Currently I’m completing an internship in the town of Barrhead, Alberta. The town has a population of approximately 4,000 and is located about an hour away from the nearest urban centre, Edmonton. In my first weeks in the town I’ve learned a lot about the people and the local businesses and activities that have opened my eyes to the charm of living in a small town. For those who have lived in urban centres their entire life, small town life has an unique appeal that changes your perspectives. For example, the close proximity of all the different locations within the town makes the everyday commute to work, home, and the supermarket fairly quick. In fact, every major business in the area is within a five-minute drive radius! Having lived in Edmonton for two decades, most locations there are definitely not within a five-minute drive from each other. Besides these geographic advantages, what other lessons have the small town taught me in the first weeks of being here?
A Tight-knit Community Makes your Experience Better
Living in the big cities sometimes can make you feel very isolated from your neighbors. People rarely wave or strike up a conversation with one another at the grocery store. However, that is exactly what I experienced in Barrhead on my first weekend in town. While picking out peppers at the local supermarket, I was asked by a resident what I would be cooking for dinner that night. It was a friendly, brief exchange that left me feeling welcome in the small town.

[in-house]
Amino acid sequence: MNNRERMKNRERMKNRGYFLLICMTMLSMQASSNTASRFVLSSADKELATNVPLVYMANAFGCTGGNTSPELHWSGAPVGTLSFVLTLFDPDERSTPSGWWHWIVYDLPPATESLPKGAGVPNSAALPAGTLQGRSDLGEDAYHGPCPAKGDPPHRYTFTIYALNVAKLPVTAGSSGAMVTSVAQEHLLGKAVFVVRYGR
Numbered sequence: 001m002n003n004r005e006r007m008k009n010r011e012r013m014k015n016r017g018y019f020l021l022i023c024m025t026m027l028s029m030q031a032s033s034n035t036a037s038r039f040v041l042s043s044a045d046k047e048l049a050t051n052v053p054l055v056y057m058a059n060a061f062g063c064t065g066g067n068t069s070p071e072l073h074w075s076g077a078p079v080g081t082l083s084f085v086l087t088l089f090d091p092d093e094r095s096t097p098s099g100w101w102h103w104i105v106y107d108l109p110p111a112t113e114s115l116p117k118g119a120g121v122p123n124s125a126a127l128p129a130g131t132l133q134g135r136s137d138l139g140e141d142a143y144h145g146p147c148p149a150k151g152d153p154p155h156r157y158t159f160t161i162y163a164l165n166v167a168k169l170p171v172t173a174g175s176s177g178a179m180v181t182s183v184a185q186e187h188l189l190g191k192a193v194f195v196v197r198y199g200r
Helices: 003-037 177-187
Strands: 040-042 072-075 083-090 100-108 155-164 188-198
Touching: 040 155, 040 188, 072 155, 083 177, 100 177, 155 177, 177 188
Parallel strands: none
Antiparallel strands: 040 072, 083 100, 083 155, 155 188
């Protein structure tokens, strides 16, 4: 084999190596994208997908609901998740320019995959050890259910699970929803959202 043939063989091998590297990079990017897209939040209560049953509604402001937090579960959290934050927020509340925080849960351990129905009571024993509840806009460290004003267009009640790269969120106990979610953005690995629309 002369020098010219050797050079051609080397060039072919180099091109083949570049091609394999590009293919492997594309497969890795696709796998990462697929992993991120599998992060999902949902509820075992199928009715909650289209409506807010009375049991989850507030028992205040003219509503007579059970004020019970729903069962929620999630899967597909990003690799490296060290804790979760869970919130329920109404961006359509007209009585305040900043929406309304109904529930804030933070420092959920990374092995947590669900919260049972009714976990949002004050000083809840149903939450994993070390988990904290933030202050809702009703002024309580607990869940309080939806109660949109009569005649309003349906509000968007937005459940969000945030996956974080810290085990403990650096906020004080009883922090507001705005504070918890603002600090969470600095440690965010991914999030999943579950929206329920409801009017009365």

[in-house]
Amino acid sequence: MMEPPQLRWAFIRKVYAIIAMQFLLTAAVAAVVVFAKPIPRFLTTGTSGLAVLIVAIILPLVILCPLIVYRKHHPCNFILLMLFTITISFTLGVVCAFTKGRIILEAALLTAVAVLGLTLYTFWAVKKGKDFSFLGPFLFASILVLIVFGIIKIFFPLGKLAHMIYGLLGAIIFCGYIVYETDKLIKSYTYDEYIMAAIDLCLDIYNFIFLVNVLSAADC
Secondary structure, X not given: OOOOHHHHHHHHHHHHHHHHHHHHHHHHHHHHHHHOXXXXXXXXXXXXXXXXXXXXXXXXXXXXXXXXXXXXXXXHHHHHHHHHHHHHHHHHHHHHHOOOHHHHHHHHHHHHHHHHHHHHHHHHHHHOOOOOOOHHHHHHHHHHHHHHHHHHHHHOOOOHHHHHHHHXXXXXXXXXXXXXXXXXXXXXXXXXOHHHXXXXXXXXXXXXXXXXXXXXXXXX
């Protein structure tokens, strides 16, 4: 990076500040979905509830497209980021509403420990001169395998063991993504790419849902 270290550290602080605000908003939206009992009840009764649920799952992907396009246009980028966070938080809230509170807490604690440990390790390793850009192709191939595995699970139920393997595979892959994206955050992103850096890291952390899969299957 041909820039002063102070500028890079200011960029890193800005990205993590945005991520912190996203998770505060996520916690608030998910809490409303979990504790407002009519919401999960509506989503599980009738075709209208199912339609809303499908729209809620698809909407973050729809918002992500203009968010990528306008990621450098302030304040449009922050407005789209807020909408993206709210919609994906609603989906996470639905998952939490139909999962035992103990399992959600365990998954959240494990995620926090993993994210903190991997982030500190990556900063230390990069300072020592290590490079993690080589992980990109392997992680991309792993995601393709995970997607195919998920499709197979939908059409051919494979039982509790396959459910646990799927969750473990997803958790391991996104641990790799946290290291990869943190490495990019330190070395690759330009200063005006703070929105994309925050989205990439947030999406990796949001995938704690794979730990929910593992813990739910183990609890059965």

In the first week of my internship, I felt a drastic change in pace between internships in Calgary or Edmonton. I felt that people truly slowed down their work pace. Even though health care workers are still in high demand in this community, there was more time to take better care of patients. With this time, I’ve begun to strike up meaningful conversations with patients and truly understand their story without the time pressure of the big cities where I would be expected to serve more patients.
Less is More
Even though I can’t find everything I need in the small town. For example, if I wanted to purchase makeup, there would not be a Sephora at my disposal. However, for the most part, the necessities are all we need and available in this community. Moreover, having access to less options for groceries and other material goods actually helped me spend more time meditating and developing hobbies such as painting.
Support Local and They will Support You
Since arriving in the small town, I’ve taken the liberty of wandering around the commercial centres. From small Dutch bakeries to an ornate flower shop, I’ve seen an incredible array of local businesses that truly blew my mind. I was always greeted warmly by the owners and got a chance to learn about the origins of their stores. For example, the flower shop pictured here actually sold some of the best coffee in town and sells cookies made by a local baking enthusiast. When I took the time to learn about these businesses, they also came to learn more about me and even applied specialty discounts to my purchases which made me feel more at home.